A proof of concept is a technical exercise most sales engineers will be involved with at one time or another to help identify the specific performance, security, and other factors such as usability that the customer is trying to establish will work for their use cases.
A POC is essentially a realization of a certain method or idea to demonstrate a solutions feasibility. It’s a demonstration process in principle that is usually a “visual” process for the customer to establish that the solution could work. This section contains my best practices with POCs.
First, when I am performing a proof of concept, the critical thing I do is to discuss with the sales team that the customer has been vetted and has a procurement viability. (Has the customer been vetted financially?)
As a best practice, your organization’s account executives (AEs) should be vetting the proper leads and then following up with appropriate stakeholders to ensure that a POC is a valid and proper exercise for both the customer and the sales organization.
From my experience, it’s a wise decision to question the AE about customer validation to ensure that a POC is in the company’s best interest from technical and business perspectives. It’s one thing to perform a packaged 30-minute demo remotely, but it’s a totally different situation to spend a weekend setting up for a specific use case and two days on-site.
You as an engineer are fully responsible for your time and should want to ensure you’re not “fishing in a dead lake.” . Ensure that all the components, software and even customer knowledge all goes together.
Second, I request the customer and the sales team work directly with me to establish clear “success criteria” for the POC. This can be done via a conference call, for example, before going on-site. The POC must be clearly defined for you as an engineer; you must be able to state the goals and the desired results that are the success criteria.
You can get in your car and drive aimlessly, or you can get in your car and have a destination. It’s your choice to control the POC you’re running, and I suggest you’re clearly identified as the driver.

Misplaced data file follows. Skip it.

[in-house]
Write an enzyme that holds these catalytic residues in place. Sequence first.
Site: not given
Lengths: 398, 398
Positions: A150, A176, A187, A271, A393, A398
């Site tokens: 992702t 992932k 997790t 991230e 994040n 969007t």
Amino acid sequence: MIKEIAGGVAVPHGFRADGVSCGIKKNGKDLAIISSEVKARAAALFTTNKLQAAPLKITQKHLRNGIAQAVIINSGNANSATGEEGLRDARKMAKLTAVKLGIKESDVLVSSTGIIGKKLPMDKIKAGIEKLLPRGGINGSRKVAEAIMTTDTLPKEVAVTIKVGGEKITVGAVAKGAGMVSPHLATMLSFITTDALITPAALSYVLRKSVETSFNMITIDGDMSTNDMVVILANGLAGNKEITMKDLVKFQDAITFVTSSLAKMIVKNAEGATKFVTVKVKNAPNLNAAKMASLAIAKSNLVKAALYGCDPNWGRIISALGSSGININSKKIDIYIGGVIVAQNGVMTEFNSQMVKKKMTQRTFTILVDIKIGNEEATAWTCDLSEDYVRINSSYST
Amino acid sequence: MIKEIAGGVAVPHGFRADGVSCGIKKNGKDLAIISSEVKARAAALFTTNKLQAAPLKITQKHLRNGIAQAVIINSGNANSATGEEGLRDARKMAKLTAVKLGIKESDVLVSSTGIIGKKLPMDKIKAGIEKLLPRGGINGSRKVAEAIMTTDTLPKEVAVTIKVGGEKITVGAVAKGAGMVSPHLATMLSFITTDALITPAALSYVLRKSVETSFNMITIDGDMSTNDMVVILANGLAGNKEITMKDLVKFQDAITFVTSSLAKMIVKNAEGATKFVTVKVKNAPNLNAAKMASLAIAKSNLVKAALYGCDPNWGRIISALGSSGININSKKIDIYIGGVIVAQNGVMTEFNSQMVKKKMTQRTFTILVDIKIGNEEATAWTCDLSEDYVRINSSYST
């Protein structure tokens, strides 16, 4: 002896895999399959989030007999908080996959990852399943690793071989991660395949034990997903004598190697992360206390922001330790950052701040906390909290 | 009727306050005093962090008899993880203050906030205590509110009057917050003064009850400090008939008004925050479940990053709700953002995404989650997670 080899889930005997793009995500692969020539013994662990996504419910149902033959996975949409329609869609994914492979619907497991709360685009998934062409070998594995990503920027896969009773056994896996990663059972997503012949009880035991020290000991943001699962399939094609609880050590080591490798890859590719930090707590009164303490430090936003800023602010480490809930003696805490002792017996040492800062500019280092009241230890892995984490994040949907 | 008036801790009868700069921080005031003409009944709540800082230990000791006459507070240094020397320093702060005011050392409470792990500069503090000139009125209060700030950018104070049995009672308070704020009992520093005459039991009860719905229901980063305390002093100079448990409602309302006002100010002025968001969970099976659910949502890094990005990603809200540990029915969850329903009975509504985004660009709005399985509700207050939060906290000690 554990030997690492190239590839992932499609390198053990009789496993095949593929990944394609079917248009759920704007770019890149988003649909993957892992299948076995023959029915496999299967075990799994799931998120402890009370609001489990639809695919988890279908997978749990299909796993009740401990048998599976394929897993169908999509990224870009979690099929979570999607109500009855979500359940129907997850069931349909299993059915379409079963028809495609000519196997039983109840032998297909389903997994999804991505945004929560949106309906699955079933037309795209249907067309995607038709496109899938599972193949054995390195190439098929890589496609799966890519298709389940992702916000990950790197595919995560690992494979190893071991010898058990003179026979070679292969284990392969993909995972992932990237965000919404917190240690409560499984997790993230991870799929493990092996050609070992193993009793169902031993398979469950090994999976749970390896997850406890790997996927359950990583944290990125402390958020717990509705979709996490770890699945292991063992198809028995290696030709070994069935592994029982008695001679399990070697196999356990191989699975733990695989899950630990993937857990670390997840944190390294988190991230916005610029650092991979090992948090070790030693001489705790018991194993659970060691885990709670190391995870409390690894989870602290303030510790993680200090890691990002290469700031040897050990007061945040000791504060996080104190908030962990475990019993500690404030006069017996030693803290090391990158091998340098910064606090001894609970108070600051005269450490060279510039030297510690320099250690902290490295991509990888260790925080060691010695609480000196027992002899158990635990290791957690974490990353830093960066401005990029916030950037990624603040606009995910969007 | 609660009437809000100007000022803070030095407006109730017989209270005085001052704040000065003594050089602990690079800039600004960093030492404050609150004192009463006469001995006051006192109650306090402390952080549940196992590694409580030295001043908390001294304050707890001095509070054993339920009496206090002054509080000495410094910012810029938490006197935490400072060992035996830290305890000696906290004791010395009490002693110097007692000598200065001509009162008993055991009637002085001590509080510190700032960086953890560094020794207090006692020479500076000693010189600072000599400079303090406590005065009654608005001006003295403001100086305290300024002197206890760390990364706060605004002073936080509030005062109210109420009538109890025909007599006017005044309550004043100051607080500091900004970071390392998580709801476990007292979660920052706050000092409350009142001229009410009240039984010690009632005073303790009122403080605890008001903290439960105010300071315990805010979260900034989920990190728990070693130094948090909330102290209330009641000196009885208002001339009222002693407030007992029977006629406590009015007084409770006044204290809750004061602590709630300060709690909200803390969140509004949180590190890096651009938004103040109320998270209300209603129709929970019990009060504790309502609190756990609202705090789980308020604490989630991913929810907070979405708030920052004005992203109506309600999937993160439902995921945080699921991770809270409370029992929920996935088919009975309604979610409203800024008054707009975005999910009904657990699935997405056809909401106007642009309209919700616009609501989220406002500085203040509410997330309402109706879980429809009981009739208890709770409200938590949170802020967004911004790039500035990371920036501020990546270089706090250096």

Lastly, I like to confirm with the sales executive that they have commitment from the customer that if we deliver on the success criteria, we will win the procurement. If the expectation is not set correctly with the customer, then it shows the sales team is weak, and you as an engineer may very well be involved in another exercise in futility.
Generally, you are being asked to perform a POC for a reason. Some of the common reasons to perform a POC are the following:
- To show the customer the functionality of the solution as well as how the solution solves their pain points
- To remove some of the risk of the solutions procurement for your customer
- To leverage the procurement process and establish trust with the potential stakeholders
Enterprise blockchains have different use cases, limitations, and features that as an engineer you need to be aware of. When considering a blockchain POC, it’s important to identify the blockchain architecture as well as the application stack. The application stack is where the complexity can come in. The complexity could involve integration of the end-user applications, commercial APIs, decentralized and open source applications, or even compliance implementations.
For example, Hyperledger Fabric is based on a three-tiered architecture. The tiers of Hyperledger Fabric are the blockchain network, chaincode, and client application. When performing a POC, your role as a sales engineer may very well be to install chaincode. Chaincode can be written in one of three development languages: Go (Golang), Java, and Node.js.